So you like football (the round ball one)?  So you like poetry?  Well here’s a  publication you might find appealling.  Boots is an anthology of poems about football, edited by Mark Pirie of New Zealand.  I have a couple of football related poems in it, called ‘Passing beauty’ and ‘Side netting’.   The first book was published to coincide with the (men’s) World Cup in 2014, and is out in lots of time for the next one in Russia, in an extended form.

I am entering something of a publication frenzy, having several pieces in that mysterious machine known as ‘the works’, which I’ll link to as they appear.

To celebrate this flurry of forthcoming publications, here’s a new poem about handbags, appearing under a photo of my favourite bag, which was made in Russia.  (A soft Dalek is no Dalek at all.  Discuss.)  There is a football reference in the poem, but to a football of a different shape.

After that appalling segue-ing, I hope you enjoy the poem.  I read somewhere that each blog post should contain one idea; I’ve certainly stuffed that up today, like a bag that has mistaken itself for a wardrobe.

dalek bag

Twenty ways to keep your essentials to hand

Lucite pillbox flaunting small pearls
Shell shape clutch for pocket Venus
Curious net of cunning gold mesh
Eyebending sequins intricately sewn
Art deco black silk organically clasped
Ten thousand beaded fine French paisley
Quaint cigar box rolls lipsticks and tampons
Roomy Mexican holdall hammock wide
Oval pigskin (and it’s not made by Sherrin)
Faux leopard snarls and real pony kicks
Kawaii Japanese anthromorphic bear
Modest exquisite goldchained calf
Ironic grannysquared seventies repro
Tikis barkclothed for quick souvenirs
Crocodiles taught Parisian accents
Poodle pregnant with pompom coinpurse
Felt dubiously coloured and Etsyfied
Blue papoose flaunts fat fleshy handles
Concertina traincase bakelites makeup
Poet’s tote with slant Dickinson quote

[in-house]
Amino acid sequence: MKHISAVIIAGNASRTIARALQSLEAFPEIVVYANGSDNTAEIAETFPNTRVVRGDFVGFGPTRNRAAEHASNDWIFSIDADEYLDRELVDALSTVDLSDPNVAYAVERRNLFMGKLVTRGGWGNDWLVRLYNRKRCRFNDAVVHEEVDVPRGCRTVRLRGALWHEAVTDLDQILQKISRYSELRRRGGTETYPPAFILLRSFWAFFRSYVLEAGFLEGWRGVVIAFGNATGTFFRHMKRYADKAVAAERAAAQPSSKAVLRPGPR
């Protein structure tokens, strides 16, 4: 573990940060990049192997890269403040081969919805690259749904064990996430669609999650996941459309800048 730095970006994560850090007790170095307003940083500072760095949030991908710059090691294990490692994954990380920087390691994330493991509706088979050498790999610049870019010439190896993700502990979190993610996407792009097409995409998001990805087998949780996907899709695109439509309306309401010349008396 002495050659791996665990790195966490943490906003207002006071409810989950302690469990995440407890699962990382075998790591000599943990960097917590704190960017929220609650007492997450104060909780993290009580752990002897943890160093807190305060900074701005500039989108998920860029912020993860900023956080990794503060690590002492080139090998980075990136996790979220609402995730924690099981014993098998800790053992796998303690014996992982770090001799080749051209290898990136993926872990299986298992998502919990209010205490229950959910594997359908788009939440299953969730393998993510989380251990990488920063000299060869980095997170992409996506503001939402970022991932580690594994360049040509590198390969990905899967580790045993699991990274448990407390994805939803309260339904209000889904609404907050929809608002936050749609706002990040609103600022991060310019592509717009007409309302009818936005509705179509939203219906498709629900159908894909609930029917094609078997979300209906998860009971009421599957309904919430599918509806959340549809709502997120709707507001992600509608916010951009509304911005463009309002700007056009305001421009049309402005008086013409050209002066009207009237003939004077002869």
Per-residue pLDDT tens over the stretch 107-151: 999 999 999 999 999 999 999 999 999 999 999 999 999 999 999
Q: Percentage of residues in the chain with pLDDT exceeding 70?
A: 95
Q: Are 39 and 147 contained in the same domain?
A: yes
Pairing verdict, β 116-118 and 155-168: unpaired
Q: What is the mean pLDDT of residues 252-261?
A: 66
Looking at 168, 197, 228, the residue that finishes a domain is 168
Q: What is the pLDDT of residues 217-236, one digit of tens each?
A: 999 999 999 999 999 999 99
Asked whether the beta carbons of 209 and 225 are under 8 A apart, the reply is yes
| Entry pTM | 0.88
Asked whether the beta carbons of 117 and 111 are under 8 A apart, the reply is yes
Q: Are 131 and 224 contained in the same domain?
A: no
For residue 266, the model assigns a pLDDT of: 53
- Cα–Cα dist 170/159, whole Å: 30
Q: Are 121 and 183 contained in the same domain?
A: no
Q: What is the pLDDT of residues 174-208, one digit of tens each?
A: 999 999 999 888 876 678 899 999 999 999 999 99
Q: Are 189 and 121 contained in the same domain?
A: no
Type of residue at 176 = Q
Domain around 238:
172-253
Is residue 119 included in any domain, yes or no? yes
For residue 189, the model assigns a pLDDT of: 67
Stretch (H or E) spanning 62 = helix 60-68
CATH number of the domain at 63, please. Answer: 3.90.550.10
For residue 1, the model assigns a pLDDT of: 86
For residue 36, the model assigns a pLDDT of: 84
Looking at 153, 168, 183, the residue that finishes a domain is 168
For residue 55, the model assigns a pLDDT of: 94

PS Cottier

 

 

Not the full Fiat

Pushing up, lying back,
I imagine a Fiat 500
clamped to the end of my toes,
flying into space.
500cc, 500 kilos,
give or take,
that darling wee Italian.
I am at 450kg, so not
the full Fiat, not yet,
but it’s like birthing a bambina.
Or bambino, for weight
doesn’t discriminate.
My knees swell like tyres.

PS Cottier

1968-1972_Fiat_500L

Yes, possibly the boastiest poem ever. I am managing, sometimes, to load 400kg on the leg press and to push it up and back, even if not far enough down to be beautiful.  (The machine itself weighs about 50kgs, without added plates.)

The statement ‘weight doesn’t discriminate’ is a bit iffy, as obviously, most men can move more weight at the gym. Upper body particularly. But the leg press is a bit of an equaliser, I think.  Or could be, as I have to say that most women are less likely to push themselves to the point of vomiting than the current writer, who is just discovering strength at a comparatively advanced age.

I have no idea if this particular 500 is 500 kilos or not, but it looks great, and allows me to include the word Spotto!  Which has to be a good thing.

(Image by TTTNIS Creative Commons CC0 1.0 Universal Public Domain Dedication.)

Tuesday poem: Outings

November 28, 2016

Outings

Out for review
Out for the count
Out of time
Out for lunch
Out and about
Out for a duck
Out of luck
Out of the closet
Out on the town
Out of the corner of my eye
Out of the box
Out of the mouths of babes
Out of fashion
Out caught behind
Out of it
Out and out
Over and out

PS Cottier

A bit of fun this week; and why not, as we head into glorious summer and Christmas?

bigstock_A_Young_Woman_Girl_Playing_Cri_1524855